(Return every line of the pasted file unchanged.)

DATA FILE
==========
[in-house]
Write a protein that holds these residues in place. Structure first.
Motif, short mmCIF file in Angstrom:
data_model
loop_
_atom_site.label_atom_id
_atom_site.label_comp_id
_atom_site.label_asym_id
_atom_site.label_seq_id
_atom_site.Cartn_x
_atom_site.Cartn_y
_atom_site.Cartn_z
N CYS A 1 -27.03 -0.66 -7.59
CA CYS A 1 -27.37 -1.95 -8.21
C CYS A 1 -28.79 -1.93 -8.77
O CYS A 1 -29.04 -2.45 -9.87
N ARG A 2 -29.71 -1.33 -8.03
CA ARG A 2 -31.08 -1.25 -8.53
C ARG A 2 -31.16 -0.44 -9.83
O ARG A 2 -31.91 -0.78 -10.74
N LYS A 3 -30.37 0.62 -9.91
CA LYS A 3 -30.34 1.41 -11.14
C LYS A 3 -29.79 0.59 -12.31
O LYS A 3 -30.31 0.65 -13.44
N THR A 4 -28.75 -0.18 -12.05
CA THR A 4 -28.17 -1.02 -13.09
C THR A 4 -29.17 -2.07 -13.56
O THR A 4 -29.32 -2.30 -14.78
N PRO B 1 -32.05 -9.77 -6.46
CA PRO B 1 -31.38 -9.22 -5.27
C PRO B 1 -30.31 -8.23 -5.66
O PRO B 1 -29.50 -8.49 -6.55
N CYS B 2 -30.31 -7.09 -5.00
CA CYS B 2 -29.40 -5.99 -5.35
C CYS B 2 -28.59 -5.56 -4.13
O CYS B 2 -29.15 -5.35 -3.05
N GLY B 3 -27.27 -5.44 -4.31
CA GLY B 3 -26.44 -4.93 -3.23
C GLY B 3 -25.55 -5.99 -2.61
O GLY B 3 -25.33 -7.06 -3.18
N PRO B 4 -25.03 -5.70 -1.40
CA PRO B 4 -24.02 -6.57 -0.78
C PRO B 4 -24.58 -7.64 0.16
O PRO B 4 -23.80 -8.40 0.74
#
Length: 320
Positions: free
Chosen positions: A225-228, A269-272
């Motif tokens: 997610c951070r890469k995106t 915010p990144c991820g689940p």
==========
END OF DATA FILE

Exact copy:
[in-house]
Write a protein that holds these residues in place. Structure first.
Motif, short mmCIF file in Angstrom:
data_model
loop_
_atom_site.label_atom_id
_atom_site.label_comp_id
_atom_site.label_asym_id
_atom_site.label_seq_id
_atom_site.Cartn_x
_atom_site.Cartn_y
_atom_site.Cartn_z
N CYS A 1 -27.03 -0.66 -7.59
CA CYS A 1 -27.37 -1.95 -8.21
C CYS A 1 -28.79 -1.93 -8.77
O CYS A 1 -29.04 -2.45 -9.87
N ARG A 2 -29.71 -1.33 -8.03
CA ARG A 2 -31.08 -1.25 -8.53
C ARG A 2 -31.16 -0.44 -9.83
O ARG A 2 -31.91 -0.78 -10.74
N LYS A 3 -30.37 0.62 -9.91
CA LYS A 3 -30.34 1.41 -11.14
C LYS A 3 -29.79 0.59 -12.31
O LYS A 3 -30.31 0.65 -13.44
N THR A 4 -28.75 -0.18 -12.05
CA THR A 4 -28.17 -1.02 -13.09
C THR A 4 -29.17 -2.07 -13.56
O THR A 4 -29.32 -2.30 -14.78
N PRO B 1 -32.05 -9.77 -6.46
CA PRO B 1 -31.38 -9.22 -5.27
C PRO B 1 -30.31 -8.23 -5.66
O PRO B 1 -29.50 -8.49 -6.55
N CYS B 2 -30.31 -7.09 -5.00
CA CYS B 2 -29.40 -5.99 -5.35
C CYS B 2 -28.59 -5.56 -4.13
O CYS B 2 -29.15 -5.35 -3.05
N GLY B 3 -27.27 -5.44 -4.31
CA GLY B 3 -26.44 -4.93 -3.23
C GLY B 3 -25.55 -5.99 -2.61
O GLY B 3 -25.33 -7.06 -3.18
N PRO B 4 -25.03 -5.70 -1.40
CA PRO B 4 -24.02 -6.57 -0.78
C PRO B 4 -24.58 -7.64 0.16
O PRO B 4 -23.80 -8.40 0.74
#
Length: 320
Positions: free
Chosen positions: A225-228, A269-272
């Motif tokens: 997610c951070r890469k995106t 915010p990144c991820g689940p």